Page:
A student from the Chicago International Charter School, located on the campus of St. Anselm Parish, holds a sign as hundreds gather for a peace vigil and march Nov. 30 following the recent shootings of two men outside of St. Columbanus Church. (CNS photo/Karen Callaway/Catholic New World)

CHICAGO (CNS) — In a metropolitan area rocked by crime, Chicago-area Catholics are being challenged to respond and realize their spiritual responsibility to build peace.

More than 200 children and adults gathered on a street corner on Chicago’s South Side Nov. 30 to pray for peace on their streets.

Earlier that week, shots rang out at nearby St. Columbanus Church following the funeral of a reputed gang member. One man was killed and another injured in the shooting.

Catholic and other Christian pastors organized the prayer service, march and concert because the man whose funeral the mourners were attending was a member of their community and was himself slain.

Divine Word Father Abelardo Gabriel, administrator of St. Anselm Parish, said his church’s neighborhood has seen increased violence in the past months, with more shootings including drive-bys. St. Anselm is located across the street from where the march and service were held.

According to the Chicago Tribune on Nov. 30, shootings in the city of Chicago were up 11 percent over last year. Eleven more shootings occurred the evening of Dec. 3 and into the next morning. The city’s homicide rate also has increased over past year.

So far in 2012, homicides have risen to 480, a 21 percent increase from 398 a year earlier. If trends continue, the Chicago Tribune reported, Chicago will likely exceed 500 homicides for the first time since 2008.

The Chicago area’s violent streak, however, encompasses far more than the headline-grabbing homicide totals. From armed robberies and home invasions to child abuse and domestic incidents, violence in the Chicago area crisscrosses the area’s diverse geography, touching all races, ethnicities, socioeconomic groups and faiths.


The violence claims a direct impact on the social, spiritual, economic, intellectual and physical dimensions of communities big and small.

And Catholics, many local faith leaders contend, have a role — some would even argue a leading role — in combating the grim realities.

Earlier this year, Father Michael Pfleger, pastor at St. Sabina Parish, was named the archdiocesan representative for newly developing anti-violence initiatives. He has consistently urged Chicago-area Catholics to be “the lobbyists against violence.”

“Among all the great gifts Jesus gave us, he chose to give us the gift of peace,” Father Pfleger said. “Our responsibility is to share peace and lift it up.”

If Catholics disregard the responsibility and adopt apathy, the priest foresees a bleak future littered with unmet potential.

“Part of our Christian responsibility is to make sure that the children we bring into this world are protected so that they may reach their full destiny,” Father Pfleger said.

Amid a steady rain back in October, Father Carl Quebedeaux marched a group of more than 200 down the streets of Chicago’s Southeast Side.

Together, the group — predominantly a collection of parishioners from four South Side parishes — prayed for a more peaceful community, lit candles in memory of local residents who died as a result of violent acts, and reflected on the individual and collective roles they might play in constructing peace.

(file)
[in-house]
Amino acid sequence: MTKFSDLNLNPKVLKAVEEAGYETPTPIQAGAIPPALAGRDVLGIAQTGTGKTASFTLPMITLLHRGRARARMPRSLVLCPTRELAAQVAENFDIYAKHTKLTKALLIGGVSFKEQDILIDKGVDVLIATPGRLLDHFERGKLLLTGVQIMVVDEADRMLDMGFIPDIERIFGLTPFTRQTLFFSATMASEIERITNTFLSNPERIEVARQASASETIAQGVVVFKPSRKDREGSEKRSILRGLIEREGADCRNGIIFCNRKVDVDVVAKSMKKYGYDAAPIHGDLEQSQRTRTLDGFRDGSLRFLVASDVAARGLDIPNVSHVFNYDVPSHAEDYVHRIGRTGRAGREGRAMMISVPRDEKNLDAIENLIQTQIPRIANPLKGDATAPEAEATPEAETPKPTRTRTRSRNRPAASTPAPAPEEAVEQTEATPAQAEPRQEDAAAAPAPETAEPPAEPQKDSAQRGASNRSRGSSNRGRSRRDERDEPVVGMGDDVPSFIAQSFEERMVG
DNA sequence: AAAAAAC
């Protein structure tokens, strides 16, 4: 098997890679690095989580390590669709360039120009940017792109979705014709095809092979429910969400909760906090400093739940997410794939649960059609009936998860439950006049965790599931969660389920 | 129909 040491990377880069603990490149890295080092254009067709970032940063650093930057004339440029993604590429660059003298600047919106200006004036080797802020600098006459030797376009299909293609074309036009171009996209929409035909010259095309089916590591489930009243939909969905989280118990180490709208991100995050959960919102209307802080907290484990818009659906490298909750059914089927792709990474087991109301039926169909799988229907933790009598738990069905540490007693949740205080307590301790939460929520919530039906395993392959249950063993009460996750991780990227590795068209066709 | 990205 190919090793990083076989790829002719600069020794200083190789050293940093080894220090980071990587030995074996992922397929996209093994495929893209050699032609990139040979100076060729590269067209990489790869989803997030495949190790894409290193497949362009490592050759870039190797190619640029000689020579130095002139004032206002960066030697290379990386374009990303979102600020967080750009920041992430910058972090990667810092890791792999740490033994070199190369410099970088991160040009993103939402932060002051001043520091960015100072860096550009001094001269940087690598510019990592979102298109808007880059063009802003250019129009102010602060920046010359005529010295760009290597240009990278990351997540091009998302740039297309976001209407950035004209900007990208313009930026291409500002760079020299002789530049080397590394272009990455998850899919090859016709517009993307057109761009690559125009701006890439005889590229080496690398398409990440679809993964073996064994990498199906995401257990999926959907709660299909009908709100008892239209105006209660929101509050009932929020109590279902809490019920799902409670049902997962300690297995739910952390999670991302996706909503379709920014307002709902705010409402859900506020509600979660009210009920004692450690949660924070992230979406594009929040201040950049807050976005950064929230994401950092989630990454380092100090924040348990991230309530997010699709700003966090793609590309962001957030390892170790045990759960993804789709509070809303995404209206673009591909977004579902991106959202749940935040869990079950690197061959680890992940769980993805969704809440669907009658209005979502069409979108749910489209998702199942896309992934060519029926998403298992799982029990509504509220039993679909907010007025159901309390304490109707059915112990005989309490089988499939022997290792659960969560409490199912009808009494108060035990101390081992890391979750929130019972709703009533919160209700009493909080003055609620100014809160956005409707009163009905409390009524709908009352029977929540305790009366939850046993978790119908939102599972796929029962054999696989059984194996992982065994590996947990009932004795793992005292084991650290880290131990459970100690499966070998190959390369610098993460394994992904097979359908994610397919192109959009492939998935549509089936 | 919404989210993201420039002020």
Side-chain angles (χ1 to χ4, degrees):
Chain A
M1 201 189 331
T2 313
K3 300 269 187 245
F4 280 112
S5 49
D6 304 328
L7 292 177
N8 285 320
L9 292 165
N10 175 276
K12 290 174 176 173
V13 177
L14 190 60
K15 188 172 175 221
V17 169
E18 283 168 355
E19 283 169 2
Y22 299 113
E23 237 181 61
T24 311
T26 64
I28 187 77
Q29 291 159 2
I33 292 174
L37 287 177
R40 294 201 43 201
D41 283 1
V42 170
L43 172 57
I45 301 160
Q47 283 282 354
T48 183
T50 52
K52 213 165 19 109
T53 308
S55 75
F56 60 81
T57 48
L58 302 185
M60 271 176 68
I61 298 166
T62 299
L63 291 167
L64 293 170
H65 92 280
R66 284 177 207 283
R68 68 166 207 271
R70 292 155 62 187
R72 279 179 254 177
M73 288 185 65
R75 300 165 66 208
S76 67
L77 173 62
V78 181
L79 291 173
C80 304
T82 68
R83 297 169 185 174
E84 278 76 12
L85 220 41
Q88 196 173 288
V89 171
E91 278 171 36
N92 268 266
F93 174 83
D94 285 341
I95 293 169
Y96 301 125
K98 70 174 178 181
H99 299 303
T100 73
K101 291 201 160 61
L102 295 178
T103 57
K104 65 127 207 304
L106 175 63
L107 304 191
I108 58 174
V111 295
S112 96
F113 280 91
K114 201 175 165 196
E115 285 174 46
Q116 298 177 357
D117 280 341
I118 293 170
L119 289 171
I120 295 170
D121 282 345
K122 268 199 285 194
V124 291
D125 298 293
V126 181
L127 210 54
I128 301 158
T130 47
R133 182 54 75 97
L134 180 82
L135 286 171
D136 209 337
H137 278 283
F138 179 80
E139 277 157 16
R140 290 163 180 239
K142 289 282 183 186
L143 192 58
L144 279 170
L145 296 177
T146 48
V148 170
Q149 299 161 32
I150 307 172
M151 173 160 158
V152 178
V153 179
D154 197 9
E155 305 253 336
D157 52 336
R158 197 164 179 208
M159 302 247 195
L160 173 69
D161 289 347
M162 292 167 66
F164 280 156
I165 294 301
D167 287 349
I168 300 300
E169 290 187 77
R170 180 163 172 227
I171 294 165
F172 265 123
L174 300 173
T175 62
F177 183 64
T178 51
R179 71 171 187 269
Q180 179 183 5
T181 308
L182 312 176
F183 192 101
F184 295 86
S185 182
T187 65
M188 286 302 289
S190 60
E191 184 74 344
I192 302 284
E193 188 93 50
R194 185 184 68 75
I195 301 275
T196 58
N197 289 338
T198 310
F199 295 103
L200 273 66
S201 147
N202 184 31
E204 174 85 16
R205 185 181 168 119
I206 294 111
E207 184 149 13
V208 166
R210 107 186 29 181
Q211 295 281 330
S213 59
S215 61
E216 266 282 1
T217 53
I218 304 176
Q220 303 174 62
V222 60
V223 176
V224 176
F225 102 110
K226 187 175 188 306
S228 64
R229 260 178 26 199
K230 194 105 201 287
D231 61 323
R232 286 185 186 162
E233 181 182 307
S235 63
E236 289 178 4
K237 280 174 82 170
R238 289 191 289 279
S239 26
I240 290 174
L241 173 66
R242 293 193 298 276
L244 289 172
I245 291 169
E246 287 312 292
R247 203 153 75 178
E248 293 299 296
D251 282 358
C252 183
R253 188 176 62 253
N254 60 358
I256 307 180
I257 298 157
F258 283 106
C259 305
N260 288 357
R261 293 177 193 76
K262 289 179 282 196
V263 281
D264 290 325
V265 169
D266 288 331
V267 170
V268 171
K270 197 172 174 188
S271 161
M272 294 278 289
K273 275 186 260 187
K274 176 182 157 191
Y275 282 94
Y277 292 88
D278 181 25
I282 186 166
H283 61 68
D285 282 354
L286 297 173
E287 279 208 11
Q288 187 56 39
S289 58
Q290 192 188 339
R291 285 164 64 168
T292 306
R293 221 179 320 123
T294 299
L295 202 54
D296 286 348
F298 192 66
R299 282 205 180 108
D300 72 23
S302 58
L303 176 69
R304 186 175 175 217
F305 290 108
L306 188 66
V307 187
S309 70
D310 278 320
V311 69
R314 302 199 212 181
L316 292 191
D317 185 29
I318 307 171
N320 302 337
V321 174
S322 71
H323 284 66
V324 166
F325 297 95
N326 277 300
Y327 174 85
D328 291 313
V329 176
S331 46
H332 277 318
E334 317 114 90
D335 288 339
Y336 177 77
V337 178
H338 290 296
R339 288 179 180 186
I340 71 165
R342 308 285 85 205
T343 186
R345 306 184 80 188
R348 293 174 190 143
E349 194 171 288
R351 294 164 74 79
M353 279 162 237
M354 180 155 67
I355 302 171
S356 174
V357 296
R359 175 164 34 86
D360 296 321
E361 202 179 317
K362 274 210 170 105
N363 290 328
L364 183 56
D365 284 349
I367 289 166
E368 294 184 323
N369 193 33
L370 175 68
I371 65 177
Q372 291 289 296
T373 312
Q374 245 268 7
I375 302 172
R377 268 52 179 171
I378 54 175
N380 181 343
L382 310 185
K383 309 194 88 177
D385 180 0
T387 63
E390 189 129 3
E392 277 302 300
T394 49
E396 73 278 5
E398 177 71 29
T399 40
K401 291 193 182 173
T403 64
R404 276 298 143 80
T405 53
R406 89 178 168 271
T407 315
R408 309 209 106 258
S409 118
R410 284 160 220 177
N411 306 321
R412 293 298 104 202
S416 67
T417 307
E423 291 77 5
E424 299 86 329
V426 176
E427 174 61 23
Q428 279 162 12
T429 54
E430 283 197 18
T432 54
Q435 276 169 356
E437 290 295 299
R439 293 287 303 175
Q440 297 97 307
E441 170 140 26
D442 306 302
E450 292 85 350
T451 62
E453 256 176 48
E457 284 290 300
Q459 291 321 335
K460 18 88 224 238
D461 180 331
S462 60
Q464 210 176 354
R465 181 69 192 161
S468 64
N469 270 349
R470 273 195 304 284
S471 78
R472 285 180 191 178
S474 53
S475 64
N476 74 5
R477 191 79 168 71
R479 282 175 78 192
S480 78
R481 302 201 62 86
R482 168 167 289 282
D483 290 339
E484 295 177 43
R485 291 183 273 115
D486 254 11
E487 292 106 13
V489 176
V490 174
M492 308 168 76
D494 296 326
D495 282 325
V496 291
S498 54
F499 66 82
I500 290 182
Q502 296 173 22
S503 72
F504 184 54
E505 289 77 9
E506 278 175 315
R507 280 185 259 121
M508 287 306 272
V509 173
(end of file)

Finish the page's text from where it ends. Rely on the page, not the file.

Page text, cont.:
At one point, the traveling group stopped at an intersection dubbed “Death Corner.” There, Father Quebedeaux, pastor of Our Lady of Guadalupe Church, blessed the intersection and, borrowing a Native American tradition, offered prayers in all four directions.

The march then carried on, concluding with a Mass at Our Lady of Guadalupe where participants made a public pledge to create peaceful environments and protect the gift of life.

“It was an effort to join in prayer, to build community and to awaken the courage to resist violence in our communities and our homes,” Father Quebedeaux said.

“There’s a tendency to grow numb and say, ‘Violence isn’t my problem,’ but this is something we’re all involved in,” the priest said.

Students at the parish school at Holy Angels on the South Side have adopted anti-violence as their signature cause. Back in May, they joined more than 350 students from nine other South Side Catholic schools for an anti-violence rally.

“We want to keep kids aware of their role in this issue and help them understand that they play a part in bringing about change,” Holy Angels Deacon Leroy Gill told the Catholic New World, Chicago’s archdiocesan newspaper.

In the months since, Deacon Gill said the school’s older students have taken ownership of the issue and committed themselves to being positive, peacemaking role models for younger students.

Father Pfleger, meanwhile, continues pushing for solutions that will curb violence and promote tolerance and respect. He’s called for church-led workshops teaching conflict resolution, sponsored a petition calling for the banning of assault weapons and urged his fellow priests to preach about the need for Catholics everywhere to fill peacemaking roles.

“There’s an unraveling of society and we need to counteract this,” he said. “Peace has to be created — that’s our job as Catholics and Christians.”

With archdiocesan resources and more than 2 million Chicago-area Catholics, Deacon Gill said the local church is well positioned to take a stand on violence and spur change.

“I believe that if we take the lead, others will follow,” he said.


Contributing to this story were Joyce Duriga, editor of the Catholic New World, Chiago’s archdiocesan newspaper, and Daniel P. Smith, a New World contributor.